Like Grainger, Lair was eager to resolve the charges against him but only if the agreement made clear that he had not engaged in any unethical conduct. Accordingly, Lair instructed me to reject the August 14 offer unless the ACBL agreed, as a condition precedent, to a written stipulation that (1) the “Parties’ intention in entering into the Agreement [was] to dismiss all charges related to ethical violations” and (2) that “Mark’s conduct in the Denver Regional did not constitute an ethical violation.” After consulting with its CEO and counsel, the ACBL did so stipulate.


In lieu of the “special agreement,” Grainger accepted the ACBL’s new offer, as did Lair, Morse and Ebers. Hinze, Hastings and Janitschke chose to stand on their Motions to Dismiss. The other charged players declined the ACBL’s offer. On August 29, the EOC accepted Grainger’s admission of responsibility and, with the consent of the ACBL, dismissed the charges against Janitschke for health reasons. However, in light of the seriousness of the original charges and the “uncertainty and discrepancy in the information currently available,” the EOC denied the Motions to Dismiss filed by Hinze and Hastings and declined to accept the negotiated admissions of responsibility submitted by Lair, Morse and Ebers. During September, Hastings filed a Motion for Summary Judgment based on statements submitted by other charged parties. On September 21, the EOC granted that motion based on its finding that Hastings “had no involvement either in sitting the same direction as teammates, in discussing how to report the result with teammates or opponents, in submitting a report of the Match 4 result, or in being apprised of what was reported in time to bring the matter to the attention of the Tournament staff, and that there is not a scintilla of evidence to inculpate Ms. Hastings in any way in wrongful conduct.”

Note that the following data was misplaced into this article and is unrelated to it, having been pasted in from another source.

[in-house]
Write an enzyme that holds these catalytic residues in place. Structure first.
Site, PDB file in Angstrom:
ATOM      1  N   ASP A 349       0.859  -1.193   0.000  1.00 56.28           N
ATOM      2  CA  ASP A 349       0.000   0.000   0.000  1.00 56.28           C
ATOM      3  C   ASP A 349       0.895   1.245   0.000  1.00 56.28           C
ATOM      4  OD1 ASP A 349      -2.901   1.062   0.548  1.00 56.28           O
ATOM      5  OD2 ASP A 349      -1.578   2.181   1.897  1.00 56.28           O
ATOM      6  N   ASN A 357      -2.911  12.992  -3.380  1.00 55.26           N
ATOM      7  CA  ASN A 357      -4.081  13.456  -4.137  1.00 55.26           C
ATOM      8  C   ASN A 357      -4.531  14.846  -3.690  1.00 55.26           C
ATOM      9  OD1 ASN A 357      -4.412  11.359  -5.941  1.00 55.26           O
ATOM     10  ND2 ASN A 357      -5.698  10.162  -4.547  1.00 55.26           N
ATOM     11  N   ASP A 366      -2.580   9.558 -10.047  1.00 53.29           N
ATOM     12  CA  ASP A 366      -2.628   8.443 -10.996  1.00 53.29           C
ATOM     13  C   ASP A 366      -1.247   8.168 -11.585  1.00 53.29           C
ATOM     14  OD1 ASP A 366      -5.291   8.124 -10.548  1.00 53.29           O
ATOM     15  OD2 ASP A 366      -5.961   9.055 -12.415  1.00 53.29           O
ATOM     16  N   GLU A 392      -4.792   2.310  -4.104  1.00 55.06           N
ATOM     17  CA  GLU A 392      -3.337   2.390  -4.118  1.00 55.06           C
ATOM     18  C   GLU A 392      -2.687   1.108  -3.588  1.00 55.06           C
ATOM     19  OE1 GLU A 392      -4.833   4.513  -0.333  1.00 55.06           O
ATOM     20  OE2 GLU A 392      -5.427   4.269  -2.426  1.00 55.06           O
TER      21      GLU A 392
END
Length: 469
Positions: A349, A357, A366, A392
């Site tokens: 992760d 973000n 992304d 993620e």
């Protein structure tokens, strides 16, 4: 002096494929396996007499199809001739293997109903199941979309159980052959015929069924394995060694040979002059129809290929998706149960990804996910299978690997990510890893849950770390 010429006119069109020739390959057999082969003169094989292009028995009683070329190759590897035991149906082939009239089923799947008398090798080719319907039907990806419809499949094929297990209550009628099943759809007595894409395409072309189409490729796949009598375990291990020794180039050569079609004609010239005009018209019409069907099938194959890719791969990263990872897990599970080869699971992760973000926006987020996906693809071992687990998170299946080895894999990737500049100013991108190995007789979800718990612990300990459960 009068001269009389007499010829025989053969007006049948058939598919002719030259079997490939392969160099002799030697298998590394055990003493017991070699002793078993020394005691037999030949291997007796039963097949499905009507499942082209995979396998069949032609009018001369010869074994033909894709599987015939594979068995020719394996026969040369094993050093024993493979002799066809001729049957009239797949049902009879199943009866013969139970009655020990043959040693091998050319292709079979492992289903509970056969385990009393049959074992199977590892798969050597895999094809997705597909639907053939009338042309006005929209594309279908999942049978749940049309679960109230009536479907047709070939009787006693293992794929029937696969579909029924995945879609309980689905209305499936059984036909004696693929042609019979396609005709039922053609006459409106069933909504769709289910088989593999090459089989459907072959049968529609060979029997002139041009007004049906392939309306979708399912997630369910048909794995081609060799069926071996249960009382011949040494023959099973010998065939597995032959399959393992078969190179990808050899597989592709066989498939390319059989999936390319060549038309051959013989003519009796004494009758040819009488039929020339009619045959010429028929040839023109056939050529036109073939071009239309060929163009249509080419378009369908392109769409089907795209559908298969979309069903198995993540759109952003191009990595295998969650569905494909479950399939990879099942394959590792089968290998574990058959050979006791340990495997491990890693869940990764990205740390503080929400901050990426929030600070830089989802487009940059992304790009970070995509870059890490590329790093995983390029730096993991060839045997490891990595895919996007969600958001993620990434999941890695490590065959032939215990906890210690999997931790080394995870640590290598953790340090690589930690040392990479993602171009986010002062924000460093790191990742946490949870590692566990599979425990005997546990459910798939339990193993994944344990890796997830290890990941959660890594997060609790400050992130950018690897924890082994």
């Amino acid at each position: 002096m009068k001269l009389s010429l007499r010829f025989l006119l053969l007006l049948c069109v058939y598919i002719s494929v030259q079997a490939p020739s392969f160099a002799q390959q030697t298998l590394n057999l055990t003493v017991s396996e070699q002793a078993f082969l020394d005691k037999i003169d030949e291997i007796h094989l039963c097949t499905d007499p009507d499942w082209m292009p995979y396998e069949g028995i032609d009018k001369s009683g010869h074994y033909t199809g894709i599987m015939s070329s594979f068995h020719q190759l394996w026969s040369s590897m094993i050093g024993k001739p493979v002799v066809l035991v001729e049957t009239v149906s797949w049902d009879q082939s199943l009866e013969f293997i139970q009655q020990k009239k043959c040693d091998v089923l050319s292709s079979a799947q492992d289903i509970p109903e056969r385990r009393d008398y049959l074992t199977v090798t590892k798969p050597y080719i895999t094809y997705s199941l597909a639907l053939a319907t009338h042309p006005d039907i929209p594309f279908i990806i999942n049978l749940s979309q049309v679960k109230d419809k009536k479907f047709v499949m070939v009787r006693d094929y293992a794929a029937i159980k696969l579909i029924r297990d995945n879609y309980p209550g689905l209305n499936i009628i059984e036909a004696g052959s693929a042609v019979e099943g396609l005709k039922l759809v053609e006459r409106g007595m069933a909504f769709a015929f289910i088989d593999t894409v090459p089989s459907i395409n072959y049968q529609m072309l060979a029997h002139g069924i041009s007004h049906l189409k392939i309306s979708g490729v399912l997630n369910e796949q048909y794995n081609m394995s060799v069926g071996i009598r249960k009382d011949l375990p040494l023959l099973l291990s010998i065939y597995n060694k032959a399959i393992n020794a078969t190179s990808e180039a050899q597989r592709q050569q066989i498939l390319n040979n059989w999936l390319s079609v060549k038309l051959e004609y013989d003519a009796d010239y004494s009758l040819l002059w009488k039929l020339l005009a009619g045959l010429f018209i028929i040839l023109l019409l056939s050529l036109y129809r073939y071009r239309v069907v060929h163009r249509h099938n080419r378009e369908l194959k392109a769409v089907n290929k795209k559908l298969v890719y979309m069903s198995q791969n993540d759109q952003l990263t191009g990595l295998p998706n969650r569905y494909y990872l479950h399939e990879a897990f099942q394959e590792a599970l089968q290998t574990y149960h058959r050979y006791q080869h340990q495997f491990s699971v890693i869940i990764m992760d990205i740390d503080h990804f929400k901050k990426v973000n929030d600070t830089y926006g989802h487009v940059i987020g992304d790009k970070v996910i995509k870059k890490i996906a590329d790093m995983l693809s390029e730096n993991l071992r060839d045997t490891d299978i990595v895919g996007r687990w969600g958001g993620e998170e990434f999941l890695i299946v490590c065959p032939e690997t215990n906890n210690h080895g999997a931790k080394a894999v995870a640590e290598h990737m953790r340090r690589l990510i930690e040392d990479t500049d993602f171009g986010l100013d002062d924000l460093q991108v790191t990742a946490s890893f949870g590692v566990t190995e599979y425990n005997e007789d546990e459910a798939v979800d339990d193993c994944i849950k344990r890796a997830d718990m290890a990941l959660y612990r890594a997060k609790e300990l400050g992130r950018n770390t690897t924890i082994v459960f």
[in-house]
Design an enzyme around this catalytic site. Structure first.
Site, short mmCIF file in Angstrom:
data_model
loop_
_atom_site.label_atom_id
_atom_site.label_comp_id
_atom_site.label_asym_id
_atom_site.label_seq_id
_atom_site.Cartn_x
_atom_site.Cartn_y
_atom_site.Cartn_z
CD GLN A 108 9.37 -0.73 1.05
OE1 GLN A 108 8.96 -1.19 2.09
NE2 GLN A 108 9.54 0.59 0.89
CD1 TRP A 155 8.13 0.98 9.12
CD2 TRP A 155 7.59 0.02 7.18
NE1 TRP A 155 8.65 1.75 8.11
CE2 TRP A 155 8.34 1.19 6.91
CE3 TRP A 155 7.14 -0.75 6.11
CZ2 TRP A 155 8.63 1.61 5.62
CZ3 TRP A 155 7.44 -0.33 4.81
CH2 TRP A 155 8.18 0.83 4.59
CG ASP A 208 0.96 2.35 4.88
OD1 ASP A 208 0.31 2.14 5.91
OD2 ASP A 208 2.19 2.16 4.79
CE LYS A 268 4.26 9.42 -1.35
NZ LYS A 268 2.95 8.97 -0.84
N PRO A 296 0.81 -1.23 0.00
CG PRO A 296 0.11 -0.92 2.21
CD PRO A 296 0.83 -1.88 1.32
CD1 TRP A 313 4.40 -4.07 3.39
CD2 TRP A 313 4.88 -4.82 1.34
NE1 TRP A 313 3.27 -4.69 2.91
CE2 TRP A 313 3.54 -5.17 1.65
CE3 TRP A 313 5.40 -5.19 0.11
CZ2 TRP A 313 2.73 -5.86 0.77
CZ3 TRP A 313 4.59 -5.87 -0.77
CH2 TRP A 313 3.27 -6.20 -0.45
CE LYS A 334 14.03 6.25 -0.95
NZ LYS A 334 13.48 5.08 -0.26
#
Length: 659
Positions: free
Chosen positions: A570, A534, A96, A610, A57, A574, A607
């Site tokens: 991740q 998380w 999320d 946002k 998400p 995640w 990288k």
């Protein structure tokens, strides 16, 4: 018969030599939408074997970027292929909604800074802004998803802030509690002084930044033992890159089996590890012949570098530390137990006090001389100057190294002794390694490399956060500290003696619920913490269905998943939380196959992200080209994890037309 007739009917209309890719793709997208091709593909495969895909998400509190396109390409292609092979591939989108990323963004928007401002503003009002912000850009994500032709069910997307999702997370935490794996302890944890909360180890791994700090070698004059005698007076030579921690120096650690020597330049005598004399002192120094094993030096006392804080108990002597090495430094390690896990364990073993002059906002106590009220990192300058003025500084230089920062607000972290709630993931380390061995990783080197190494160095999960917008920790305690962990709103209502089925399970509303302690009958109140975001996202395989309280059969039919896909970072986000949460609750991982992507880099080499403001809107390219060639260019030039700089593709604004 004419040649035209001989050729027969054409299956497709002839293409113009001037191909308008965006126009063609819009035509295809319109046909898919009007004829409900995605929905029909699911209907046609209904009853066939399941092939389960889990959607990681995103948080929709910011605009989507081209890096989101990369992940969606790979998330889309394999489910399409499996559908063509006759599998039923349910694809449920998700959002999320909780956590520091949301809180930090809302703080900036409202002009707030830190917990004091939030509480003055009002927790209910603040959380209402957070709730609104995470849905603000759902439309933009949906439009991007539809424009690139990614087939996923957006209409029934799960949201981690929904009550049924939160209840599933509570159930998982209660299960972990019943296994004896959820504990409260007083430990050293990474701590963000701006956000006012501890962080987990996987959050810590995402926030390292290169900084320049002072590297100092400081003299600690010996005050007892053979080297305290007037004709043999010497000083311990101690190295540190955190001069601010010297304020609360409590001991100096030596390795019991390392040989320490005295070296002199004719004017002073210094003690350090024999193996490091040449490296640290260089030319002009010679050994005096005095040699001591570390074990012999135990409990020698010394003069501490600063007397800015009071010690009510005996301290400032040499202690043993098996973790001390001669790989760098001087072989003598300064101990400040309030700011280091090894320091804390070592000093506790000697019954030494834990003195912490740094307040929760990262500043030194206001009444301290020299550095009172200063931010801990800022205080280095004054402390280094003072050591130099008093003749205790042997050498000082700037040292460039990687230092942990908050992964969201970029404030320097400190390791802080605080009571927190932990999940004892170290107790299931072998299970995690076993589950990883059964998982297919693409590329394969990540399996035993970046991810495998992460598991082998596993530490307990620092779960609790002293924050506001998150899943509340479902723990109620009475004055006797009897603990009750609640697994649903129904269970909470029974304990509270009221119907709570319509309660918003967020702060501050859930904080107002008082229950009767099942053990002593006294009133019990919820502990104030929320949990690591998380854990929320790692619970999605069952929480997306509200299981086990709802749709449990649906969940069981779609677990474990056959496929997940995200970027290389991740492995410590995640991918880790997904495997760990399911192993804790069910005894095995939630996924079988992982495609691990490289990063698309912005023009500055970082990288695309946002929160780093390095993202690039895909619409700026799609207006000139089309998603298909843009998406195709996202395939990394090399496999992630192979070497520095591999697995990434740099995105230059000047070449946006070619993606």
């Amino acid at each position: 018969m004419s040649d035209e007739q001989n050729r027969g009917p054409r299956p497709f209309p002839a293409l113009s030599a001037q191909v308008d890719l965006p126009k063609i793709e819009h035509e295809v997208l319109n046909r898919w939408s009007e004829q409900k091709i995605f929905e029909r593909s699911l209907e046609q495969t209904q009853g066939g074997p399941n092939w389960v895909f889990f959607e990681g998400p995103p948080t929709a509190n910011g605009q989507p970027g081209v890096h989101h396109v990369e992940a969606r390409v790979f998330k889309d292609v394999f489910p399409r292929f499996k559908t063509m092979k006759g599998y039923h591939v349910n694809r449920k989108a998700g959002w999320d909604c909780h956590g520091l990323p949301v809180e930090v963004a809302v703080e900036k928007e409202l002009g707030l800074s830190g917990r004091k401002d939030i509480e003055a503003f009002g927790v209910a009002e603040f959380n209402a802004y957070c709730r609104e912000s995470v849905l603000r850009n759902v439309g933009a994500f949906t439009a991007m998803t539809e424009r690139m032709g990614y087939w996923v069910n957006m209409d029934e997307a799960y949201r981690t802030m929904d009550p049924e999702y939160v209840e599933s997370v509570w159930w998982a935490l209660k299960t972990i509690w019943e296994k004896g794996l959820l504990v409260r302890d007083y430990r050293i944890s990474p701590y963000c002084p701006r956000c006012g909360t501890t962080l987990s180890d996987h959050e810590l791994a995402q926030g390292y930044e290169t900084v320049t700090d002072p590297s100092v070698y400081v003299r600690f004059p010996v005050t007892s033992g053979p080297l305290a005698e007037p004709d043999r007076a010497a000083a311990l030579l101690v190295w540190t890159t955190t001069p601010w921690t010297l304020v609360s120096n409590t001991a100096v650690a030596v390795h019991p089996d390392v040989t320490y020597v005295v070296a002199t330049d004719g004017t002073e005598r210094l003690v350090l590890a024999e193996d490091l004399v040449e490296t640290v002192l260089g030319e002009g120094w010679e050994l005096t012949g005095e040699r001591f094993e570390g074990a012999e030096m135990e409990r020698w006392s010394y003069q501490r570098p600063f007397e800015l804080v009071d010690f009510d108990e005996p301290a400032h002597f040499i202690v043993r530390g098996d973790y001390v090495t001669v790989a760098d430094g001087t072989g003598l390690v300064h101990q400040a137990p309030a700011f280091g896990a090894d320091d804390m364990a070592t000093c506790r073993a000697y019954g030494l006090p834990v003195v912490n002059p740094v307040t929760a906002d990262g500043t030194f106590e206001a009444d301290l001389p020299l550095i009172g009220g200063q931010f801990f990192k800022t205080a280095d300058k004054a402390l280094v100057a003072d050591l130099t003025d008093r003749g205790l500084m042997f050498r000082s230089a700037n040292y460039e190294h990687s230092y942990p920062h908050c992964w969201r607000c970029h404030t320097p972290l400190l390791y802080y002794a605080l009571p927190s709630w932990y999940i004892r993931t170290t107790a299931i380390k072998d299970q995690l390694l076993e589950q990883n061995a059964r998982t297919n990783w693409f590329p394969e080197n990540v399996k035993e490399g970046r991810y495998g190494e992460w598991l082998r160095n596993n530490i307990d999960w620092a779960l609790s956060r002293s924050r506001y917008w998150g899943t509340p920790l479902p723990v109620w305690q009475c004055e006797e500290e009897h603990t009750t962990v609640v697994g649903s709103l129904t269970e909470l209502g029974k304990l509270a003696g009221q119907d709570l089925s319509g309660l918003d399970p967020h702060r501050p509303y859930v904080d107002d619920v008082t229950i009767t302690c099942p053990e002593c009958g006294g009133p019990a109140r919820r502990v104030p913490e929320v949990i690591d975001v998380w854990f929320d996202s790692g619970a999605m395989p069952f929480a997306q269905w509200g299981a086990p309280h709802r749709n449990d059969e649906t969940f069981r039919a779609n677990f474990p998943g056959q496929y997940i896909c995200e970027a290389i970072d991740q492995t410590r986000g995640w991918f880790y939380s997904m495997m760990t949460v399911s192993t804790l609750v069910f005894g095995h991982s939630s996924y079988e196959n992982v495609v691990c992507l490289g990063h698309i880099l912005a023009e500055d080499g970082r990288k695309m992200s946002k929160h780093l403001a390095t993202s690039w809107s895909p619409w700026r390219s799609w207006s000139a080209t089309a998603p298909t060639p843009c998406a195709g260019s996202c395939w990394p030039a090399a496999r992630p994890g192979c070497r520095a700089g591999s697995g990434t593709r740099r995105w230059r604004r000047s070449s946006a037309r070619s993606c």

After last month’s hearing, the EOC dismissed all remaining charges against Ebers, Enfield, Seligman, Hinze and Hastings. The EOC also dismissed all ethics and intentional misconduct charges against Lair, Morse and Doner, together with the rules charge based on CDR 3.1 [violation of the laws of bridge]. The EOC’s actions left two charges for non-intentional rules violations against Lair, Morse and Doner. Those charges related to “noncompliance with conditions of contest consistent with awareness that a director should have been consulted before a result was reported” and “failure to notify an appropriate official in a timely manner of a score that one should recognize as incorrect.” Lair and Morse were found culpable for both, and Doner for one. In its decision, the EOC noted that although the players had previously “unblemished records for ethicality and sportsmanship,” in the case of Lair and Morse their extensive experience should have led them to immediately consult a director. Most importantly, however, the EOC also expressly found that none of the charged parties had “engaged in a deliberate effort to claim Victory Points they had not properly earned.” That overarching finding fairly reflects the 850 pages of prehearing evidence and the hearing testimony from 10 live witnesses that the EOC considered. In sum, the players’ honest mistake in not immediately consulting a director had combined with Hinze’s innocent error in not verifying the circumstances of the tie to lead to the brief posting of an incorrect victory point score. Although the posting was swiftly corrected and caused no significant harm, it spurred an overly zealous prosecution of ten players for serious ethical charges. As was inevitable, all of those charges were eventually dismissed for lack of evidence.


Many of those who have written in Bridge Winners over the last few months about Lair have extolled his qualities as a bridge player and a person. They had good reason to do so. During his more than 50 years of play, Lair has accumulated in excess of 65,000 master points, many national titles and a world championship. He is almost universally well liked and admired by strong and not-so-strong players alike for the many ways in which he has reached out to help others. Most importantly, Lair has consistently conducted himself in accordance with the highest standards of the game as is reflected by his superb reputation for fair play among national caliber players.